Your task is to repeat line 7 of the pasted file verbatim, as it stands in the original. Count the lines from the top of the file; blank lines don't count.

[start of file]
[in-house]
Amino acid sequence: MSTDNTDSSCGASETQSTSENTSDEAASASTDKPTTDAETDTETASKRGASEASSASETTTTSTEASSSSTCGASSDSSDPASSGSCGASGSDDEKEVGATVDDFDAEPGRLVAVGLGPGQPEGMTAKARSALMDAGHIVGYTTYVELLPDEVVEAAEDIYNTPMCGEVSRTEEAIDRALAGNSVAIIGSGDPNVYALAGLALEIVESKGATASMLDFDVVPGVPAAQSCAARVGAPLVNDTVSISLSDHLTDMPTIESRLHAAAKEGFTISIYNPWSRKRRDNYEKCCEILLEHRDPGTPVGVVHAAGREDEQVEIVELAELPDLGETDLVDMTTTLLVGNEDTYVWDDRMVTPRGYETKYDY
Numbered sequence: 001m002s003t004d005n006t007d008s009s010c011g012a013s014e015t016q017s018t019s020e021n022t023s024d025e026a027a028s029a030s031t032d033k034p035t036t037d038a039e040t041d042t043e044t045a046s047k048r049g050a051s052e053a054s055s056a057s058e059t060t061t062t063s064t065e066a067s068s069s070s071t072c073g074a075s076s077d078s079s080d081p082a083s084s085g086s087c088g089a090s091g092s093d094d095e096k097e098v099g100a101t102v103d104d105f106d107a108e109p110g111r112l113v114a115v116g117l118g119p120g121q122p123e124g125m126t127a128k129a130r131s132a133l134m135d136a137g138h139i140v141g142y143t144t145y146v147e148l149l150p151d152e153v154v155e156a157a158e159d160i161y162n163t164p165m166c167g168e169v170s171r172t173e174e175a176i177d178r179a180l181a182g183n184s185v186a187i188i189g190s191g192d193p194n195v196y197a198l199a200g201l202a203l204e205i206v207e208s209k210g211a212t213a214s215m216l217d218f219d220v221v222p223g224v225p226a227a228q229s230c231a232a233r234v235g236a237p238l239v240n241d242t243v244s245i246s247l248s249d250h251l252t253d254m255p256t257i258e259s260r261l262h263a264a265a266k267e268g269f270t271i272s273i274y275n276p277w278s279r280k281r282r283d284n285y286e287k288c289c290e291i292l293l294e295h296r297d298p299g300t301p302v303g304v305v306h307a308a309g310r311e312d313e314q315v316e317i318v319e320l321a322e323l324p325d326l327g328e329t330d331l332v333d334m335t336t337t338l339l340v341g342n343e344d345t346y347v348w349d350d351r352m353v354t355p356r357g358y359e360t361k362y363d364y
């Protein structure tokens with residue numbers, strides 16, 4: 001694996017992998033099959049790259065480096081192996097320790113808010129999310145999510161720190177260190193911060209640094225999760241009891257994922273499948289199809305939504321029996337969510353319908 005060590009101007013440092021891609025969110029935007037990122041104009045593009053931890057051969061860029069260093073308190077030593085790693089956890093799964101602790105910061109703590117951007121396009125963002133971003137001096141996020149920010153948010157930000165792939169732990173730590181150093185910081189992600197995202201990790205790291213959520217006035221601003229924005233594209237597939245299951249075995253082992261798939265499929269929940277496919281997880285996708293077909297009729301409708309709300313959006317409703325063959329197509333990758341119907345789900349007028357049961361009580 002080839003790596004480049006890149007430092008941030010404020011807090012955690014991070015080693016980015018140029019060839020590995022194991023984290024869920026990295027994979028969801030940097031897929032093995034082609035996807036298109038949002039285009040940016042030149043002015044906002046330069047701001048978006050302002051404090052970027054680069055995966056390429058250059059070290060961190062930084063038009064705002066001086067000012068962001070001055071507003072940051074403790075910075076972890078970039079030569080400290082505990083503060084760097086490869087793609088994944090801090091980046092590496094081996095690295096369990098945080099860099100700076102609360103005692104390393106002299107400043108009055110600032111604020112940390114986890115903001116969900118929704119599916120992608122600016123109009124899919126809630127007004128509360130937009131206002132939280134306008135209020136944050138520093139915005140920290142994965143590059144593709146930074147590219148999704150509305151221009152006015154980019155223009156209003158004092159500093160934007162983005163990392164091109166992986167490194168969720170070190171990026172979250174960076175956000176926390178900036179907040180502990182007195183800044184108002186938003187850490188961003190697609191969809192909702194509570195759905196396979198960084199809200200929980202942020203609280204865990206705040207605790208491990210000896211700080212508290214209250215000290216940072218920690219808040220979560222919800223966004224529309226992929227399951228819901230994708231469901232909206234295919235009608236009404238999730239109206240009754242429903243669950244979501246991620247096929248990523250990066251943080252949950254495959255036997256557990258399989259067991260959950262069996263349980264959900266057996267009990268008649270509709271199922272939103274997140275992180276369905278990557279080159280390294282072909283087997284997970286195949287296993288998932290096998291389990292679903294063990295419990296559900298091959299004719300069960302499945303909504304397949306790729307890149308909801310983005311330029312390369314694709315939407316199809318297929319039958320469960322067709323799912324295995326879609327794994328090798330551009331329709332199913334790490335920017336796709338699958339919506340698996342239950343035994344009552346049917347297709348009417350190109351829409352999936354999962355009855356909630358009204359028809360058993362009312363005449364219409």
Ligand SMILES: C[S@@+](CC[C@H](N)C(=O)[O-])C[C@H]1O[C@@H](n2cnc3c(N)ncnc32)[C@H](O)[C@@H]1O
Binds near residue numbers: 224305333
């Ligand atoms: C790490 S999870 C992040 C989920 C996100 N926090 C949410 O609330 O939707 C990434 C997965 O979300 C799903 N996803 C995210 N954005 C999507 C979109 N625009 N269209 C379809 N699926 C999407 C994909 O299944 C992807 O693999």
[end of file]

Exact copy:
């Ligand atoms: C790490 S999870 C992040 C989920 C996100 N926090 C949410 O609330 O939707 C990434 C997965 O979300 C799903 N996803 C995210 N954005 C999507 C979109 N625009 N269209 C379809 N699926 C999407 C994909 O299944 C992807 O693999």